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Difference between revisions of "Ohio Medical Marijuana Initiative (2013)"

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* [[Laws governing the initiative process in Ohio]]
* [[Laws governing the initiative process in Ohio]]
==Initiatives' websites==
==External links==
* Ohio Alternative Treatment Amendment
* Ohio Alternative Treatment Amendment
** [http://www.ohiommjballot.org/ Volunteer Information and Petition Locations]
** [http://www.ohiommjballot.org/ Volunteer Information and Petition Locations]

Revision as of 10:50, 12 March 2012

An Ohio Medical Marijuana Initiative may appear on the 2012 ballot in the state of Ohio as a initiated constitutional amendment. The measure would legalize the use of marijuana for medical purposes in the state.

There were rumors that Peter Lewis, chairman of Progressive Insurance, would introduce a measure, but none had been filed yet with the Ohio Attorney General's office as of mid-May, as Lewis was seeking potential proposals.[1]

According to an e-mail from Lewis's attorney, proposals that he was looking for would “describe a clear plan to meet two goals: pass a voter initiative to legalize medical marijuana in Ohio and design, execute and document the campaign in order to create a model for future campaigns in other states.”[2] As of September 2011, Lewis was not known to be involved with either of the current initiatives.[3]

Ohio Medical Cannabis Act

One ballot initiative underway in the state is backed by what organizers say is a "core group of patients" advocating for the use of medical marijuana. The proposal is known as The Ohio Medical Cannabis Act of 2012.

Under the act, if approved, a regulatory system modeled after the Ohio State Liquor Control system would be established. An Ohio Commission of Cannabis Control would also be implemented. Doctor's prescription would be needed to buy the drug, and it would be taxed.[4]

Ohio Alternative Treatment Amendment

Another, more restrictive amendment, is known as the Ohio Alternative Treatment Amendment. It would leave enforcement up to local jurisdictions.[3]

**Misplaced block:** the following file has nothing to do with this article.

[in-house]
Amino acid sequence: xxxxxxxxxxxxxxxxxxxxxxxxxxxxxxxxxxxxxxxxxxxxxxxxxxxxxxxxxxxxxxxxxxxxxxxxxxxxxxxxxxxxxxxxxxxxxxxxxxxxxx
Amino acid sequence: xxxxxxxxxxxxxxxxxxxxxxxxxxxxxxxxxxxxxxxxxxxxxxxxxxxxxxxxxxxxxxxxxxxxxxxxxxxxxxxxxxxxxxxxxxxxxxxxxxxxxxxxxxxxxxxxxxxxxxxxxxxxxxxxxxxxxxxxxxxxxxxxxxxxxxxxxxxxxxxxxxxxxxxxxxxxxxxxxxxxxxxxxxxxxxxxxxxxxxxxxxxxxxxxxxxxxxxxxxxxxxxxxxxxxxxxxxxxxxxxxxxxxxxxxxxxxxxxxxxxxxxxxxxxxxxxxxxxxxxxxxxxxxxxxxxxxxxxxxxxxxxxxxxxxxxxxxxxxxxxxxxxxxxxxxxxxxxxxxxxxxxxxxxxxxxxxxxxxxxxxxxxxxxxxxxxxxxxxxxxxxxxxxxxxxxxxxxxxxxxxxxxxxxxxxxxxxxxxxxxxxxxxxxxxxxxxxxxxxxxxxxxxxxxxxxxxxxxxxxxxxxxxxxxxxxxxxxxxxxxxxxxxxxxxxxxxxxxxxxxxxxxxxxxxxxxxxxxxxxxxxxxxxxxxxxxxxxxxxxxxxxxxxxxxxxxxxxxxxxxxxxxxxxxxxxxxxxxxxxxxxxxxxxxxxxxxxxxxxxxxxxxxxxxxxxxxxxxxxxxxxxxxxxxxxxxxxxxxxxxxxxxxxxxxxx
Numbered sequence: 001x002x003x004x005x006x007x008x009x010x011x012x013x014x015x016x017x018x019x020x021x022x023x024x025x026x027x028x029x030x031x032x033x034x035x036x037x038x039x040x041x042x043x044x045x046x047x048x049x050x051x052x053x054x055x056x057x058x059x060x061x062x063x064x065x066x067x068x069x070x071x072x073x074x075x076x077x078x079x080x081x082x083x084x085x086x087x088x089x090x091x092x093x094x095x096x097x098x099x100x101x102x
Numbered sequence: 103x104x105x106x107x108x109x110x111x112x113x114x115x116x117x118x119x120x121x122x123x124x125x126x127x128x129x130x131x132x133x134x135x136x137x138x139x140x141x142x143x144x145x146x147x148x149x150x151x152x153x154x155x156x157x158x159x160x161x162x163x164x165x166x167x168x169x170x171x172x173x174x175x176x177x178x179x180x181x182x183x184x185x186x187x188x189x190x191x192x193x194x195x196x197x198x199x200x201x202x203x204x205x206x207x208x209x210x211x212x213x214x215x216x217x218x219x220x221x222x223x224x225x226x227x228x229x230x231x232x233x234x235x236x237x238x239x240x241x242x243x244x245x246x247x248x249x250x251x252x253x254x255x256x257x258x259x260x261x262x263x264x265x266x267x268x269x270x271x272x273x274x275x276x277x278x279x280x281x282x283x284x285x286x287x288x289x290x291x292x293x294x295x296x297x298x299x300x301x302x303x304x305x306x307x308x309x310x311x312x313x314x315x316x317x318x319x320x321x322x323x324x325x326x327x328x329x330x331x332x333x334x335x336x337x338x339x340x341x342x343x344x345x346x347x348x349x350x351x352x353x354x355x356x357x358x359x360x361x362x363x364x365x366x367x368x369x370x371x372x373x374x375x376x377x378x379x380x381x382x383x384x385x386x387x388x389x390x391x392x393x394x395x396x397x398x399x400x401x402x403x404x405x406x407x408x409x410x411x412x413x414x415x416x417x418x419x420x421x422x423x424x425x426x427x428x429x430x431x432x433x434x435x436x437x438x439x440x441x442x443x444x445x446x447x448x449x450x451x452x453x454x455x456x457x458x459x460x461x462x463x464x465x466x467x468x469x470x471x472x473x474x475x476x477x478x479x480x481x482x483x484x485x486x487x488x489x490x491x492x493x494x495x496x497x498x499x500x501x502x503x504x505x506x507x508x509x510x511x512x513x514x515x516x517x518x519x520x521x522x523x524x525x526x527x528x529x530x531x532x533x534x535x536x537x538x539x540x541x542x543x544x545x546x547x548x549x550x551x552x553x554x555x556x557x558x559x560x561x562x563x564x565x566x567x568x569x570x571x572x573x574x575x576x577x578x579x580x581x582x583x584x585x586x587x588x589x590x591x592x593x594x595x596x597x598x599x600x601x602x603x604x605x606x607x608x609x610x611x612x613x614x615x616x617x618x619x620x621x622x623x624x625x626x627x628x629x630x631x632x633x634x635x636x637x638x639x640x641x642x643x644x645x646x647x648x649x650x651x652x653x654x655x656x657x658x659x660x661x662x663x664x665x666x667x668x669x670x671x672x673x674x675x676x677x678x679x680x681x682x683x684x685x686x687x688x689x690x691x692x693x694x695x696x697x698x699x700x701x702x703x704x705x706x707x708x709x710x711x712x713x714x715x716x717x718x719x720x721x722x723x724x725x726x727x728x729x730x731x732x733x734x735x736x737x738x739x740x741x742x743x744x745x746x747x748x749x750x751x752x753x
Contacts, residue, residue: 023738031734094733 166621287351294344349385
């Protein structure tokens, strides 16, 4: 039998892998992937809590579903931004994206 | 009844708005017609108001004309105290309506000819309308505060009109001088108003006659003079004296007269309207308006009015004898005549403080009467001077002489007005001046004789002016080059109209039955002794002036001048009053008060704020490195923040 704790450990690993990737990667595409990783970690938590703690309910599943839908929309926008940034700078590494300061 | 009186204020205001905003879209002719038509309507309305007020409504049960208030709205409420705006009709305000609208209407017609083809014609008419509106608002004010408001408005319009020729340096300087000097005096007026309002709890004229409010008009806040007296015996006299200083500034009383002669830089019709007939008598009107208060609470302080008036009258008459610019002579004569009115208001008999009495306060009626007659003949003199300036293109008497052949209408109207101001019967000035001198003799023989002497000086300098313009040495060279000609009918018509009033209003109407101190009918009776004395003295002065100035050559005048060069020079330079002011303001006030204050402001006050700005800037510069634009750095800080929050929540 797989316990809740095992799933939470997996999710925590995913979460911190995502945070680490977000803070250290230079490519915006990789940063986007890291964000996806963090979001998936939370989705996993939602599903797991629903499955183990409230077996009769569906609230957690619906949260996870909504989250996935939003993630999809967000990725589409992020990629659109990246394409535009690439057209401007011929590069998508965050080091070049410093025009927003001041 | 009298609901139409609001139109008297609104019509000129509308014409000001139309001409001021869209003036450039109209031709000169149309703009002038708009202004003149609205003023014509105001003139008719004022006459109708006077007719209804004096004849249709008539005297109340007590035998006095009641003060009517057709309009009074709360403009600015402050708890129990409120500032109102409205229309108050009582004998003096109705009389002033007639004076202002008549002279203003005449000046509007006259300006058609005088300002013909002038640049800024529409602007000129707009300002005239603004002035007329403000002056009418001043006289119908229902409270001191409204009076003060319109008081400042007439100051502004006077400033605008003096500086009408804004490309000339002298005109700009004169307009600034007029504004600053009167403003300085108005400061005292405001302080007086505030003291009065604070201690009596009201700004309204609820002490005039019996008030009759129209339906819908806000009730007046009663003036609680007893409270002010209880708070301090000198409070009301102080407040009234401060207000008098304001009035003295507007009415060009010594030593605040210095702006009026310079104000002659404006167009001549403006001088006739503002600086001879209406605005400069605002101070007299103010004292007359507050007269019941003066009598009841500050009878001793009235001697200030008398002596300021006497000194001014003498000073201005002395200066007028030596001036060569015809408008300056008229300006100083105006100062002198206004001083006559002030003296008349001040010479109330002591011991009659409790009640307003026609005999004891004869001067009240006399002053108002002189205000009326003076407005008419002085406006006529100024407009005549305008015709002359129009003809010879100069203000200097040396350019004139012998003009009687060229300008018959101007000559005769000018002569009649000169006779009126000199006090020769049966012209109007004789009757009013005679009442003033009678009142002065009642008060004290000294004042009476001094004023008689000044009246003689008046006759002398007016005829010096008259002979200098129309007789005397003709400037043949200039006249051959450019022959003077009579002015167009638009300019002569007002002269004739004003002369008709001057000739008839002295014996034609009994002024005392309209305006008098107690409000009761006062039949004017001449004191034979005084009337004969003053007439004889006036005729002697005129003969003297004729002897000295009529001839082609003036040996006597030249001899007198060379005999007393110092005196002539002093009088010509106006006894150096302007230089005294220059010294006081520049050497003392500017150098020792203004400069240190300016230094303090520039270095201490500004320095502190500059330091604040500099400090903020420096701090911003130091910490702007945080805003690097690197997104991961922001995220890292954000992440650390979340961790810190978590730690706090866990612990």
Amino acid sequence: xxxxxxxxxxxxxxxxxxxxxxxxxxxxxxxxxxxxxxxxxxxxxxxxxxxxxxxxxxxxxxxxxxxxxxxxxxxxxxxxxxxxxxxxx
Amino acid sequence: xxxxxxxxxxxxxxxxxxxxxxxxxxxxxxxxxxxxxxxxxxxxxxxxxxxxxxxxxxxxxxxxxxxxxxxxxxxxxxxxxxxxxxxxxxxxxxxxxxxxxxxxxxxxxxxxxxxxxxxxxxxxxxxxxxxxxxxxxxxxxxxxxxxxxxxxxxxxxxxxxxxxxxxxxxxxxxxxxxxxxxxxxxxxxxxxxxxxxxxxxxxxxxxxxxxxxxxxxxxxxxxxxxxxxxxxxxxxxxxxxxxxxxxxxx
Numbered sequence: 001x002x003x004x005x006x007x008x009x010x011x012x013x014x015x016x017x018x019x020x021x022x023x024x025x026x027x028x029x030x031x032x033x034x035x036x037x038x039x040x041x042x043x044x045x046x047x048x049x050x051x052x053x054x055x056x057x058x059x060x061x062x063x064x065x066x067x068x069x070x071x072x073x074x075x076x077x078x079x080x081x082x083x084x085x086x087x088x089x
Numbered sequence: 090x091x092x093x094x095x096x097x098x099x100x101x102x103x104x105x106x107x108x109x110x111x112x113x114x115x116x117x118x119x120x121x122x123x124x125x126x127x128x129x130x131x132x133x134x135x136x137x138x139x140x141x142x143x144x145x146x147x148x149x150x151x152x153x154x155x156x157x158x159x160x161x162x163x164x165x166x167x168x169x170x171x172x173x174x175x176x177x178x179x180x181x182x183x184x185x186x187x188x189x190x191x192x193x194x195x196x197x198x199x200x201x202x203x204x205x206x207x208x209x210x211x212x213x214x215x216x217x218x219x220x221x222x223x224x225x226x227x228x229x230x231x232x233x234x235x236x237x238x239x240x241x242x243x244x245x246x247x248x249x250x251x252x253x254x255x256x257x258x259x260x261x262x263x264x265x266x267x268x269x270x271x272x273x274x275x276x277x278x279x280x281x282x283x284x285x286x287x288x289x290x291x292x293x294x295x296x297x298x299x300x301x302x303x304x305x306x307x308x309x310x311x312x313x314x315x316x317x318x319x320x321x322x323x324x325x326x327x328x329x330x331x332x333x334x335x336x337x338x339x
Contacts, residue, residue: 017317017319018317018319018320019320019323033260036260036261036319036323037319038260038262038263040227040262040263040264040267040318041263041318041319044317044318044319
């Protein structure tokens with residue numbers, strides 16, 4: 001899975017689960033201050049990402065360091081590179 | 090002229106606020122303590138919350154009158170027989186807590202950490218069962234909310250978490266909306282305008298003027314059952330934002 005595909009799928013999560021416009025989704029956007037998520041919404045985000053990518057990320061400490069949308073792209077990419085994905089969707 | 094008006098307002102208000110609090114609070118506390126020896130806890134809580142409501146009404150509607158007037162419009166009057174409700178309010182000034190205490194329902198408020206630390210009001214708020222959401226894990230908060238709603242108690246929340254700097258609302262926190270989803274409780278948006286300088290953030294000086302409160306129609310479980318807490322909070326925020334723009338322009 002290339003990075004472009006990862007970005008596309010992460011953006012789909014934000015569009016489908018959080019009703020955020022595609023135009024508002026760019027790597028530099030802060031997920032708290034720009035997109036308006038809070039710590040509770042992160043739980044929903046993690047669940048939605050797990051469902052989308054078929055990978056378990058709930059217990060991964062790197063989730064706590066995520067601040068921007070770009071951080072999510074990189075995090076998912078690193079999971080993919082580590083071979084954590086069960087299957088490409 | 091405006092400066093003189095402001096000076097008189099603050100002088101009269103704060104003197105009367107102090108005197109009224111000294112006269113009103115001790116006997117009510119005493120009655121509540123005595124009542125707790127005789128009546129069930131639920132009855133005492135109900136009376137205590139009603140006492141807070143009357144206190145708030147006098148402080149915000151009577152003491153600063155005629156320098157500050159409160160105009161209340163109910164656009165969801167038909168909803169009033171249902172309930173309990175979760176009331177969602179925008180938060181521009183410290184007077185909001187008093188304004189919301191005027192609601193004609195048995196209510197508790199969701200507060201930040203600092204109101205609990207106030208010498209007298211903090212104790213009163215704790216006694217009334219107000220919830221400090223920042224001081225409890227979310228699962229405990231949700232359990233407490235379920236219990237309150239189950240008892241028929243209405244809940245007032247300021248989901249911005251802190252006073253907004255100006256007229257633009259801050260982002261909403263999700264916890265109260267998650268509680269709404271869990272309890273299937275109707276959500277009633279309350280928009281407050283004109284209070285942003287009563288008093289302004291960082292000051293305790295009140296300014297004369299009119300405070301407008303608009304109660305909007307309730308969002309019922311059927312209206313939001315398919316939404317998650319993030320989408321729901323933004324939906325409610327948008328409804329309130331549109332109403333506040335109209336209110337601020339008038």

• Montgomery County Sheriff Phil Plummer claimed that the measure "would make too much marijuana available to kids in the community." He also stated a concern with driving under the influence of the drug.[5]

Path to the ballot

See also: Ohio signature requirements

Since the measure was filed as an initiated constitutional amendment, the petition drive efforts will need to collect 385,247 signatures in order to place the referendum on the ballot. An initial 1,000 signatures and approval by the Ohio Attorney General are required prior to initiating petition circulation efforts.


The Ohio Cannibis Act of 2012 measure was initially rejected by the Ohio Attorney General, as Mike DeWine stated that the measure's supporters did not collect the required amount of initial signatures to be approved for circulation. 1,000 signatures are needed for that approval, however only 534 signatures were valid.[6]

Another attempt at the 1,000 initial signature requirement was submitted in mid-September 2011 by supporters of the Ohio Medical Cannabis Act, the second medical marijuana initiative, with more than 2,300 signatures. According to spokeswoman for the group Theresa Daniello: “We are very, very confident in our signatures, and we’ve validated them to make sure they are successful."[7]

Less than a month after a second attempt was initiated to circulate initiative petitions for the Ohio 2012 ballot, Ohio Attorney General Mike DeWine announced that the attempt failed. Despite collecting sufficient signatures (at least 1,000) to initiate the circulation effort, DeWine explained that supporters failed to properly summarize the ballot language.[8]

A total of 2,365 signatures were submitted on September 7, 2011, 1,344 signatures were valid[9]

Ballot summary errors included: provisions left out of the summary, a misstated section, an included item not stated in the full amendment[9]

Approval of Ohio Medical Cannabis Act

On January 25, 2012, the Ohio Ballot Board approved the second amendment, which is the "Ohio Cannibis Act of 2012". According to the board, the amendment consisted of one issue, thus allowing it to move forward with signature collection for ballot access.[10]

Approval of Ohio Alternative Treatment Amendment

The Ohio Ballot Board approved the "Ohio Alternative Treatment Amendment" during the week of October 25, 2011, giving supporters the go-ahead to collect signatures for ballot access.[11]

See also

Suggest a link

External links

Additional reading


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